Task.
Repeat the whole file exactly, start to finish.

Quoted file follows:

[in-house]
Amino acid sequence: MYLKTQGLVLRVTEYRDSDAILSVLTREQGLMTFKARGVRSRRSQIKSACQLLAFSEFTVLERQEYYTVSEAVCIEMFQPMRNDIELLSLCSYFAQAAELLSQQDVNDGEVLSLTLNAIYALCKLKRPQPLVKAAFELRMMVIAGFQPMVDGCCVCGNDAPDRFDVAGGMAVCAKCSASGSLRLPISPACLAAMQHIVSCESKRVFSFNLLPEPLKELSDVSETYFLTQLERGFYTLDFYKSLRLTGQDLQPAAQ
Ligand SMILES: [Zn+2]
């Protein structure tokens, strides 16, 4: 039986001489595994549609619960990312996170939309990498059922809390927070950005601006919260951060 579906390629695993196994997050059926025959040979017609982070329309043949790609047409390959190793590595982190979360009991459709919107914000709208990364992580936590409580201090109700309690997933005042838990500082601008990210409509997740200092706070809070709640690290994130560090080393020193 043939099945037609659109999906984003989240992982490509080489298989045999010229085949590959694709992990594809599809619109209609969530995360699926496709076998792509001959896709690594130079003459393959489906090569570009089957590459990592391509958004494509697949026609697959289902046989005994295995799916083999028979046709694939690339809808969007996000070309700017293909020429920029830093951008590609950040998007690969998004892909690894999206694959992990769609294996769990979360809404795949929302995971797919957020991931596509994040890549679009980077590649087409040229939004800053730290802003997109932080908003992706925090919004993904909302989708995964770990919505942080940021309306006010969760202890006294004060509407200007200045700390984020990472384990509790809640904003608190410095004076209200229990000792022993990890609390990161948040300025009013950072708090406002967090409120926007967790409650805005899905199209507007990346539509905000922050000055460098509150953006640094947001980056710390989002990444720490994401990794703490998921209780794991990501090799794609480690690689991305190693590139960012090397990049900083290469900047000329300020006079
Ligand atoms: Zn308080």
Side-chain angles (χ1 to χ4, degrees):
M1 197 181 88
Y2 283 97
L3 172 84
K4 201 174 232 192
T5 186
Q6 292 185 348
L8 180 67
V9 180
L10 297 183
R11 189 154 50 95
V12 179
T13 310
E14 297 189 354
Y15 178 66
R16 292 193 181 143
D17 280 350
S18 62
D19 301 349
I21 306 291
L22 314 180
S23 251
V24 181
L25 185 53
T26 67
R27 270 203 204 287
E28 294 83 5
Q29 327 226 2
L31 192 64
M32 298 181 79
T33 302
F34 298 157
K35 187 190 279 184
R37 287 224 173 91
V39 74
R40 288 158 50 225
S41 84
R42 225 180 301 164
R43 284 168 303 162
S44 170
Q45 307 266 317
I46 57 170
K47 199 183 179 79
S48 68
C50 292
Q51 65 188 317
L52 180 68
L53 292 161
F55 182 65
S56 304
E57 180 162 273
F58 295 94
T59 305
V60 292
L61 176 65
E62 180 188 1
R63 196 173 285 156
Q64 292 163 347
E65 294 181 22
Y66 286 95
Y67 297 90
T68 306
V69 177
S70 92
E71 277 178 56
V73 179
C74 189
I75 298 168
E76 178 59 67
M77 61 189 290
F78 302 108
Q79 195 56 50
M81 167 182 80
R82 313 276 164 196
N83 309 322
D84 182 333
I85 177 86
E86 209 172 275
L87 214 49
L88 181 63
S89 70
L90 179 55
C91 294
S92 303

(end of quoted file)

[in-house]
Amino acid sequence: MYLKTQGLVLRVTEYRDSDAILSVLTREQGLMTFKARGVRSRRSQIKSACQLLAFSEFTVLERQEYYTVSEAVCIEMFQPMRNDIELLSLCSYFAQAAELLSQQDVNDGEVLSLTLNAIYALCKLKRPQPLVKAAFELRMMVIAGFQPMVDGCCVCGNDAPDRFDVAGGMAVCAKCSASGSLRLPISPACLAAMQHIVSCESKRVFSFNLLPEPLKELSDVSETYFLTQLERGFYTLDFYKSLRLTGQDLQPAAQ
Ligand SMILES: [Zn+2]
């Protein structure tokens, strides 16, 4: 039986001489595994549609619960990312996170939309990498059922809390927070950005601006919260951060 579906390629695993196994997050059926025959040979017609982070329309043949790609047409390959190793590595982190979360009991459709919107914000709208990364992580936590409580201090109700309690997933005042838990500082601008990210409509997740200092706070809070709640690290994130560090080393020193 043939099945037609659109999906984003989240992982490509080489298989045999010229085949590959694709992990594809599809619109209609969530995360699926496709076998792509001959896709690594130079003459393959489906090569570009089957590459990592391509958004494509697949026609697959289902046989005994295995799916083999028979046709694939690339809808969007996000070309700017293909020429920029830093951008590609950040998007690969998004892909690894999206694959992990769609294996769990979360809404795949929302995971797919957020991931596509994040890549679009980077590649087409040229939004800053730290802003997109932080908003992706925090919004993904909302989708995964770990919505942080940021309306006010969760202890006294004060509407200007200045700390984020990472384990509790809640904003608190410095004076209200229990000792022993990890609390990161948040300025009013950072708090406002967090409120926007967790409650805005899905199209507007990346539509905000922050000055460098509150953006640094947001980056710390989002990444720490994401990794703490998921209780794991990501090799794609480690690689991305190693590139960012090397990049900083290469900047000329300020006079
Ligand atoms: Zn308080």
Side-chain angles (χ1 to χ4, degrees):
M1 197 181 88
Y2 283 97
L3 172 84
K4 201 174 232 192
T5 186
Q6 292 185 348
L8 180 67
V9 180
L10 297 183
R11 189 154 50 95
V12 179
T13 310
E14 297 189 354
Y15 178 66
R16 292 193 181 143
D17 280 350
S18 62
D19 301 349
I21 306 291
L22 314 180
S23 251
V24 181
L25 185 53
T26 67
R27 270 203 204 287
E28 294 83 5
Q29 327 226 2
L31 192 64
M32 298 181 79
T33 302
F34 298 157
K35 187 190 279 184
R37 287 224 173 91
V39 74
R40 288 158 50 225
S41 84
R42 225 180 301 164
R43 284 168 303 162
S44 170
Q45 307 266 317
I46 57 170
K47 199 183 179 79
S48 68
C50 292
Q51 65 188 317
L52 180 68
L53 292 161
F55 182 65
S56 304
E57 180 162 273
F58 295 94
T59 305
V60 292
L61 176 65
E62 180 188 1
R63 196 173 285 156
Q64 292 163 347
E65 294 181 22
Y66 286 95
Y67 297 90
T68 306
V69 177
S70 92
E71 277 178 56
V73 179
C74 189
I75 298 168
E76 178 59 67
M77 61 189 290
F78 302 108
Q79 195 56 50
M81 167 182 80
R82 313 276 164 196
N83 309 322
D84 182 333
I85 177 86
E86 209 172 275
L87 214 49
L88 181 63
S89 70
L90 179 55
C91 294
S92 303